|Second Lady of the United States|
January 20, 1977 – January 20, 1981
|Preceded by||Happy Rockefeller|
|Succeeded by||Barbara Bush|
August 8, 1930
Eugene, Oregon, U.S.
|Relations||John Maxwell Adams and Eleanor Jane Hall|
|Children||Theodore A. Mondale
Eleanor Mondale (deceased)
William H. Mondale
Joan Adams Mondale (born August 8, 1930) is the wife of Walter Mondale, 42nd Vice President of the United States, Presidential candidate, and later U.S. ambassador to Japan. She has always been a high-profile advocate for the arts, affectionately dubbed 'Joan of Art'.
Family and education
Joan Adams was born in Eugene, Oregon, one of three daughters of the Rev. John Maxwell Adams, a Presbyterian minister, and his wife, the former Eleanor Jane Hall. She attended Media Friends School, an integrated Quaker school in Media, Pennsylvania, a public school in Columbus, Ohio, and later St. Paul Academy and Summit School in St. Paul, Minnesota. In 1952, she graduated from Macalester College, St. Paul, where her father was chaplain. After graduation, she worked at the Boston Museum of Fine Arts and the Minneapolis Institute of Arts.
The couple had three children:
- Theodore (b. October 12, 1957), Minnesota politician, former State Senator and candidate for Governor of Minnesota
- Eleanor Jane (January 19, 1960 – September 17, 2011), high-profile television and radio personality, who died of brain cancer at 51
- William Hall (b. February 27, 1962), Assistant Attorney General, Office of the Minnesota Attorney General, 1990–2000
In 1964, Walter replaced Hubert Humphrey as a US Senator, and held the post till 1976, when Democratic presidential candidate Jimmy Carter selected him as running-mate in his successful bid for the Presidency.
Out of office during Reagan's first administration, Walter Mondale won the Democratic presidential nomination in 1984. As a prospective First Lady, Joan told Maureen Dowd of the New York Times that she would not talk about recipes or clothes during the campaign, but when her husband's political opponents made issue with this, costing him votes, she published The Mondale Family Cookbook, with recipes like Fettucine à la Pimento Mondale, and declared that she was a "traditional wife and mother and supporter".
Walter was not voted in, and the Mondales returned to Minnesota, where they lived until his term as U.S. Ambassador to Japan (1993–96), after which he resumed his Minneapolis, Minnesota-based law practice.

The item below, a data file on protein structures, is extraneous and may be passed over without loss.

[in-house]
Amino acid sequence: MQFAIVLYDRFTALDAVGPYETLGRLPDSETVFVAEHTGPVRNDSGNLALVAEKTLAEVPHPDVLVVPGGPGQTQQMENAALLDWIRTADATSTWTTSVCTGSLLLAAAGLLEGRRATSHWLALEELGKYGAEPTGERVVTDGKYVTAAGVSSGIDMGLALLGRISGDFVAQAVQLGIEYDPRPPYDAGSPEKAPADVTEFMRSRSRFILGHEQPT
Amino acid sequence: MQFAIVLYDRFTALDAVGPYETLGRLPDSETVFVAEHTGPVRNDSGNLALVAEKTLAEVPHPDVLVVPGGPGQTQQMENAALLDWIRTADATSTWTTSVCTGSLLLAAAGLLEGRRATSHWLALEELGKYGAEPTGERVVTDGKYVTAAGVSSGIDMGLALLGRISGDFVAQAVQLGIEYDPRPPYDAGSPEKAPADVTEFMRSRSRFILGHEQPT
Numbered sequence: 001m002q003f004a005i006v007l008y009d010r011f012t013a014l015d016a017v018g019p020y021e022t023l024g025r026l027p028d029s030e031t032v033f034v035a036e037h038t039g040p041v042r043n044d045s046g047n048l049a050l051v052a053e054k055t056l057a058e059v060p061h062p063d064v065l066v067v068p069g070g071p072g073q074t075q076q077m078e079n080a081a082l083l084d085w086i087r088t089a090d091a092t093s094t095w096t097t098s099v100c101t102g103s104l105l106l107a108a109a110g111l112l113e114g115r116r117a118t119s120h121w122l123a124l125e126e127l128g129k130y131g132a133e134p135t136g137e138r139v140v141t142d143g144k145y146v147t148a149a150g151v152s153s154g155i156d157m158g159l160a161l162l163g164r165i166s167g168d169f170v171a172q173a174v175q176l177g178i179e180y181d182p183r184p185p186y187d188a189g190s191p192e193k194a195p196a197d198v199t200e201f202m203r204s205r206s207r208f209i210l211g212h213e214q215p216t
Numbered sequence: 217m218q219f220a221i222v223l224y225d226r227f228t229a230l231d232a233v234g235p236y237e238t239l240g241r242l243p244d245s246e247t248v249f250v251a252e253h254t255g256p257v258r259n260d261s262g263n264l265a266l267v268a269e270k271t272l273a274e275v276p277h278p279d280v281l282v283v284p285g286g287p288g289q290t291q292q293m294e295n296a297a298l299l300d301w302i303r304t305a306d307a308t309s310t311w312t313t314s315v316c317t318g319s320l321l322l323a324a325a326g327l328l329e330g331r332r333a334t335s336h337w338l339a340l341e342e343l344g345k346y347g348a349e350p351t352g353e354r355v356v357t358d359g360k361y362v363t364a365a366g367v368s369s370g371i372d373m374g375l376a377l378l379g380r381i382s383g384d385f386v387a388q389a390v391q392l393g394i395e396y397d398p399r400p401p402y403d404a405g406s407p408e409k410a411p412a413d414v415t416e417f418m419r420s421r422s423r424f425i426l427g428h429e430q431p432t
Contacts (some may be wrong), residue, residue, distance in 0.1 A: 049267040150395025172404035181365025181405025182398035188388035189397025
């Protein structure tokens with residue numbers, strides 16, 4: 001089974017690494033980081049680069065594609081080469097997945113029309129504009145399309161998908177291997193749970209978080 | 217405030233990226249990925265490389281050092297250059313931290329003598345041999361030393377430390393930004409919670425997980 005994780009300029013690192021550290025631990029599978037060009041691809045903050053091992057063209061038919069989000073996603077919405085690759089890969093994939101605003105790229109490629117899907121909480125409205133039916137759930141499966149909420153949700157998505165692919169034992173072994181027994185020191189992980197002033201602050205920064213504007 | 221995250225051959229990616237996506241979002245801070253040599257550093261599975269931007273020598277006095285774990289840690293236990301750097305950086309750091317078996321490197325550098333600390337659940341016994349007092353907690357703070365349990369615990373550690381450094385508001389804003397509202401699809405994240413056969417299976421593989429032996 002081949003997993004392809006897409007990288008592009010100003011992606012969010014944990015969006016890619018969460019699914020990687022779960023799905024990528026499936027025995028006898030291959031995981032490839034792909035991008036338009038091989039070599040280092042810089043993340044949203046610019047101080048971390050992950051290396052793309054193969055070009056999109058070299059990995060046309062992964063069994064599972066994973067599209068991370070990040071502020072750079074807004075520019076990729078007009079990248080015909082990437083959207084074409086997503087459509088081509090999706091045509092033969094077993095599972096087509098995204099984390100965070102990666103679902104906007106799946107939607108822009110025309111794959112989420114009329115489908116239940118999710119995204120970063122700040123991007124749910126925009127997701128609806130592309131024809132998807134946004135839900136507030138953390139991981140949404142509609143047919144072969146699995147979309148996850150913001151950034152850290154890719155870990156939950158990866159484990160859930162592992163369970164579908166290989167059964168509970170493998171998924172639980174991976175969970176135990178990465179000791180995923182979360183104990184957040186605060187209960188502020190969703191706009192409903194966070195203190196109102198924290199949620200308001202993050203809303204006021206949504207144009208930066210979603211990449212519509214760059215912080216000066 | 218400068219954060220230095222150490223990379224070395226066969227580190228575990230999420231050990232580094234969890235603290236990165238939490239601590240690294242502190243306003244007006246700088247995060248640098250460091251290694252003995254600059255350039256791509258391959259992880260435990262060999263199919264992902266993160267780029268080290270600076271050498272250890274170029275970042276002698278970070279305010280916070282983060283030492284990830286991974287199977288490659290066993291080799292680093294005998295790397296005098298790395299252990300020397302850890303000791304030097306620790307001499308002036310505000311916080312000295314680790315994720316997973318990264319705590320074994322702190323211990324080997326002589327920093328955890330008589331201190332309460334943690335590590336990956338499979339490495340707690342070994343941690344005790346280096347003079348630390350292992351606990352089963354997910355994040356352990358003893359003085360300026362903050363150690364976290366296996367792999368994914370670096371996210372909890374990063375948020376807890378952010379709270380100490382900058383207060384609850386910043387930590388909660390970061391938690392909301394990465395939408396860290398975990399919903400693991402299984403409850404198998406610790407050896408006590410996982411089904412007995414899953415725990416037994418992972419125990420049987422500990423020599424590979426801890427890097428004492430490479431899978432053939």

'Joan of Art'
Joan has been a lifelong practitioner, patron and advocate of the arts, and her nickname 'Joan of Art' is a sincere tribute.
An accomplished potter, she studied art at college, and then worked in galleries, before moving to Washington as a Senator's wife in 1964, and led guided tours at the National Gallery of Art. In 1972, she wrote a book 'Politics in Art', examining how political commentary is reflected in artworks.
Later, as Second Lady, she turned the Vice Presidential Mansion into a showcase of American art, with works by Rauschenberg, Hopper, Nevelson and Adams. At this time, she also served as chairperson of the Federal Council on the Arts and Humanities.
As the U.S. Ambassador's wife in Japan, she enthusiastically promoted inter-cultural understanding through art, redecorating the Embassy with American paintings and organising tours with a bi-lingual guide. She studied Japanese art. and impressed the Mayor of Kyoto by presenting him with a ceramic bowl she had made herself in the traditional Mashiko style.
Now back in her home state, Mrs. Mondale continues to make her own pottery and promote the arts. She serves on the board of the Minnesota Orchestra, Walker Art Center, Macalester College and the National Portrait Gallery. In 2004, The Textile Center in Minneapolis endowed an exhibition space in her honor, the Joan Mondale Gallery, perhaps America's chief showcase for fiber art.
- The Future of the Cookbook. Kim Beeman, Sept. 24th 2009. www.futureofthecookbook.org
- Joan Mondale: An Inventory of Her Papers
|Second Lady of the United States